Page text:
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What is the Adult Literacy Supplemental Assessment (ALSA)?
ALSA is a component of the National Assessment of Adult Literacy (NAAL) that provides, for the first time, much-needed information about the literacy strengths and weaknesses of the least-literate adults-those whose literacy level would prevent them from completing the "main NAAL." ALSA measures basic, word-level literacy skills, whereas the main NAAL assesses task-based literacy performance (i.e., how well respondents perform everyday tasks such as balancing a checkbook). NAAL participants with very low performance on seven core screening items are given ALSA instead of the main NAAL.
Why is ALSA needed?
The NAAL forerunner, the 1992 National Adult Literacy Survey (NALS), provided little information about the literacy skills and weaknesses of the least-literate adults, because these respondents were unable to complete the assessment. Yet these individuals have varying literacy abilities that need to be identified, assessed, and augmented. This need is underscored by the expectation that the numbers of adults likely to be at the lower literacy levels, such as Hispanics, immigrants, and the elderly, will continue to grow.
By collecting information about-and increasing our understanding of-the basic reading skills and deficits of the least-literate adults, ALSA can help policymakers and stakeholders to develop more effective literacy services for these individuals. Improved literacy services may help narrow the literacy gap between low- and high-performing adults. Educators, policymakers, and others can also use this previously unavailable literacy information to develop programs and materials that aid the least-literate Americans in such areas as employment, health, and civic participation.
What are the key features of ALSA?
What skills does ALSA assess?
ALSA consists of 31 tasks that assess basic (word-level) reading skills, such as letter identification, number identification, word identification, and word reading, and 13 tasks that assess higher literacy skills, such as text searching and inference. There also are 35 tasks related to background knowledge. Most of the basic reading tasks in ALSA, as well as a majority of the literacy tasks, involve documents rather than prose text.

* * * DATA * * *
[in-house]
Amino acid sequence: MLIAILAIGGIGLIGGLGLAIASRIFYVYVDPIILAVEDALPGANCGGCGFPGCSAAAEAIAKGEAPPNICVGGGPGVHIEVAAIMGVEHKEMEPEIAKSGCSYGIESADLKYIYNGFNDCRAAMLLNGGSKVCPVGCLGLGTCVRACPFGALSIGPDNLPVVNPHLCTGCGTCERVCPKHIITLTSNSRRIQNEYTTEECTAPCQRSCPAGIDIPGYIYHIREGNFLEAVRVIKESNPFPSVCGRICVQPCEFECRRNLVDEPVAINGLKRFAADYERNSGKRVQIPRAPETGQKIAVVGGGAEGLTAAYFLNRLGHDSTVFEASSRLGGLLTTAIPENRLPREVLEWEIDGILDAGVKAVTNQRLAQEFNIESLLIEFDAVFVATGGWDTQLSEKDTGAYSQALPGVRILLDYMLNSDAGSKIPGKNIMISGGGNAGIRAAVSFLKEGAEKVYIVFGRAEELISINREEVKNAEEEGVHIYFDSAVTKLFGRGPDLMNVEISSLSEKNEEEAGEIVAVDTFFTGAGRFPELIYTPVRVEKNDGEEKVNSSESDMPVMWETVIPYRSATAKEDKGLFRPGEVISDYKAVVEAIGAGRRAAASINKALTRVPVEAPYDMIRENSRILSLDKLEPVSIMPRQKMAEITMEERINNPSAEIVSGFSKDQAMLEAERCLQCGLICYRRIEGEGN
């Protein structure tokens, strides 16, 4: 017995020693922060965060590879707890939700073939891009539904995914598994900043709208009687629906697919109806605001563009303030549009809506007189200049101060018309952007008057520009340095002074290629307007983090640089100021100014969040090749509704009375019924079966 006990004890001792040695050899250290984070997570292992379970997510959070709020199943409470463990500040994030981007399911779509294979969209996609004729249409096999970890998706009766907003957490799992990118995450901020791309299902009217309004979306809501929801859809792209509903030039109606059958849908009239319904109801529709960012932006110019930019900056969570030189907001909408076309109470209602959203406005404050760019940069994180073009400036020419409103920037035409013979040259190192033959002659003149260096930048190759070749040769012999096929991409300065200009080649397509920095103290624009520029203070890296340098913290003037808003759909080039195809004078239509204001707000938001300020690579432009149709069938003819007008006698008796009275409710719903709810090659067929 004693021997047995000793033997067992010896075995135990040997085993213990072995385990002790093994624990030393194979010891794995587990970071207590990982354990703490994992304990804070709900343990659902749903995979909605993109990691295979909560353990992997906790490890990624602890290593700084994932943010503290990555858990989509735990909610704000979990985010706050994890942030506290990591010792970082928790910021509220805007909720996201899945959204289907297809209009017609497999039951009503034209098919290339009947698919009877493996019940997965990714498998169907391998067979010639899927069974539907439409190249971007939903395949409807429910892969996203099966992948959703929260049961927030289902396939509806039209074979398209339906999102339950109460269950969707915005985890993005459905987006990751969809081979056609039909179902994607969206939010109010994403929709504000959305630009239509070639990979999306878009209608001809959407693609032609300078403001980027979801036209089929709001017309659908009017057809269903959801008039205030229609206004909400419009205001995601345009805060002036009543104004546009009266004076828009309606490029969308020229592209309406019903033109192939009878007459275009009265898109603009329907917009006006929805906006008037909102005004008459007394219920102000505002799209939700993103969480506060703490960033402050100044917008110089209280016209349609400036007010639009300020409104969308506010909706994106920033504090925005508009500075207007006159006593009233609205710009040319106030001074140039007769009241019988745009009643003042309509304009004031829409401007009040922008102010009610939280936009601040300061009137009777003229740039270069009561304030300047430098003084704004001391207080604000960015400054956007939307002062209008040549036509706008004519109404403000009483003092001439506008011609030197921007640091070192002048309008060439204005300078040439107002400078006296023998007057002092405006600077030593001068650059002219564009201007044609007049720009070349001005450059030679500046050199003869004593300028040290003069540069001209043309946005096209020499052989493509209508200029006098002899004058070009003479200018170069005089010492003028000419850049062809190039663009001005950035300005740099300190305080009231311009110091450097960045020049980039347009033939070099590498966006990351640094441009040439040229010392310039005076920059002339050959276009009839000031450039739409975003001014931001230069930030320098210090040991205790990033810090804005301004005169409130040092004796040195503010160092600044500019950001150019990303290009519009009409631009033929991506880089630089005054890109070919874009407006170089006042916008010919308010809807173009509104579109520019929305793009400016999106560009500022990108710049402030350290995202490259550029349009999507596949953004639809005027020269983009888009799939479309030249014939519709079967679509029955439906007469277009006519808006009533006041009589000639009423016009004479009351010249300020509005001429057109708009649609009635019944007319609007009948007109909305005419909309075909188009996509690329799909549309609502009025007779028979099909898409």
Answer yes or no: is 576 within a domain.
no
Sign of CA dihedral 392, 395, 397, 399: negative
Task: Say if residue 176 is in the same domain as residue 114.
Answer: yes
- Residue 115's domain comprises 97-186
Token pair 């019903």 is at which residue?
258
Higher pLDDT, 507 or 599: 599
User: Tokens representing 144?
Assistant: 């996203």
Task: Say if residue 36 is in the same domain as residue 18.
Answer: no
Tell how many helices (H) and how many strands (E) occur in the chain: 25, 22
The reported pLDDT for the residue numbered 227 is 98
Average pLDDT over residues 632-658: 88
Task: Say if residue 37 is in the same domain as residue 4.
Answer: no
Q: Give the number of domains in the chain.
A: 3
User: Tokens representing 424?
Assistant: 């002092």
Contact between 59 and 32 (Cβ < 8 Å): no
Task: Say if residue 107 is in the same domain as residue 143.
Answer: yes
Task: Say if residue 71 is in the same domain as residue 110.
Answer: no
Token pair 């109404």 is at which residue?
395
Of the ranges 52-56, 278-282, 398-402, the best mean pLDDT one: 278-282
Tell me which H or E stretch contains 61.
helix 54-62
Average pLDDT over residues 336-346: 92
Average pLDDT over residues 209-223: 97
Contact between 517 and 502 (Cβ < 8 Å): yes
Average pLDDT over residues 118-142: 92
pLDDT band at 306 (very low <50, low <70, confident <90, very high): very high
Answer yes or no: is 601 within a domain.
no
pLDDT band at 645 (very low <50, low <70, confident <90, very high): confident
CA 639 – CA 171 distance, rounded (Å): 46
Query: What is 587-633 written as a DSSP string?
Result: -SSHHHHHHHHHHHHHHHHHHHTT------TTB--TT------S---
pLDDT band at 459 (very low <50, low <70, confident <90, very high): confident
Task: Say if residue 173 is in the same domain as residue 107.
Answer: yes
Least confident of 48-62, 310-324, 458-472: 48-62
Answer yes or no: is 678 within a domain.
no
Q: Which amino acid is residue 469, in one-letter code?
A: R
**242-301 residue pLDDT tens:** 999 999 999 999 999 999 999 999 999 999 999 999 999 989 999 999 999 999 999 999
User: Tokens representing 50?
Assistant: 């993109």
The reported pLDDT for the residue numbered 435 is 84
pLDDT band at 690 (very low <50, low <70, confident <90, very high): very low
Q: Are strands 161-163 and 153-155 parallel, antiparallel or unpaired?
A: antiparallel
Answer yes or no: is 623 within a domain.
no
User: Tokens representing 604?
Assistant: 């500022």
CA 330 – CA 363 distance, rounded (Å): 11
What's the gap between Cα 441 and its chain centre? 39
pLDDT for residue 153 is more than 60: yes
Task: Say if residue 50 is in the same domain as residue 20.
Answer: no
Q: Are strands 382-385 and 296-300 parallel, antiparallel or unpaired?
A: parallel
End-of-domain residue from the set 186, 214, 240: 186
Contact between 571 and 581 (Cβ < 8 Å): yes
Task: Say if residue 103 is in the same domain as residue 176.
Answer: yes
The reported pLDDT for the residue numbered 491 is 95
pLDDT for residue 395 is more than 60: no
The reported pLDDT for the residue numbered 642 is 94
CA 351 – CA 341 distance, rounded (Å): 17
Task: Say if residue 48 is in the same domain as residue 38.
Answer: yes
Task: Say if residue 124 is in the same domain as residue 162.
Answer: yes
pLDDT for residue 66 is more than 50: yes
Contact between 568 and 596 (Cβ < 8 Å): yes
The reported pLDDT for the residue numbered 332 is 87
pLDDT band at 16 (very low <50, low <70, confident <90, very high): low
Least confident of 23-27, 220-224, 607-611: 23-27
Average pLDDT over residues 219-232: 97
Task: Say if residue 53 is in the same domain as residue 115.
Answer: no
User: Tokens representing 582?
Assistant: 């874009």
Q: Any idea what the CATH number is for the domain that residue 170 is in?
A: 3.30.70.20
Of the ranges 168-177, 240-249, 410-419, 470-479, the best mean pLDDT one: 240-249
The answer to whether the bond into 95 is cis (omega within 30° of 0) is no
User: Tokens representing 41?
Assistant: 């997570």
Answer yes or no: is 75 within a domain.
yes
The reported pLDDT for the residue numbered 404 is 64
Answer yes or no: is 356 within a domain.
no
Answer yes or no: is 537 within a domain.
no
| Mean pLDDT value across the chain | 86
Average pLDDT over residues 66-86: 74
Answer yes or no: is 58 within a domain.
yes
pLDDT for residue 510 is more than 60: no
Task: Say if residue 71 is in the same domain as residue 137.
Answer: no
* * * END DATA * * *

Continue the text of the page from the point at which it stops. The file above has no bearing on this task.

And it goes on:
What types of tasks, materials, and questions are used in ALSA?
ALSA includes hands-on reading tasks that use familiar materials and visual aids-such as a food box with pictures and a logo-as well as oral reading tasks that rely on basic reading skills without the help of compensatory strategies. ALSA tasks cannot be performed solely on the basis of nonlinguistic materials; to perform the tasks, respondents must be able to read at least part of the word(s). ALSA tasks progress in difficulty from text that is minimal, highly contextualized, and familiar to text that is connected, less contextualized, and less familiar.
ALSA materials used in tasks include simple labels or signs, such as a beverage bottle, food box, or medicine bottle; medium-complexity materials, such as a magazine ad insert, sale flyer, or water bill; and more complex documents, such as a bus schedule or atlas. The following questions are similar, but not identical, to those asked of participants relating to basic reading and literacy skills:
How are ALSA respondents selected, and what are their racial/ethnic and age characteristics?
All NAAL respondents are given seven core screening tasks. Interviewers score respondents' answers to these screening tasks using scoring guides printed in the ALSA booklets. ALSA participants are selected by computer, based on their performance on the seven core tasks.
For more information about NAAL and its components, visit the NAAL website at http://nces.ed.gov/naal or contact Sheida White, NAAL Project Officer at the National Center for Education Statistics.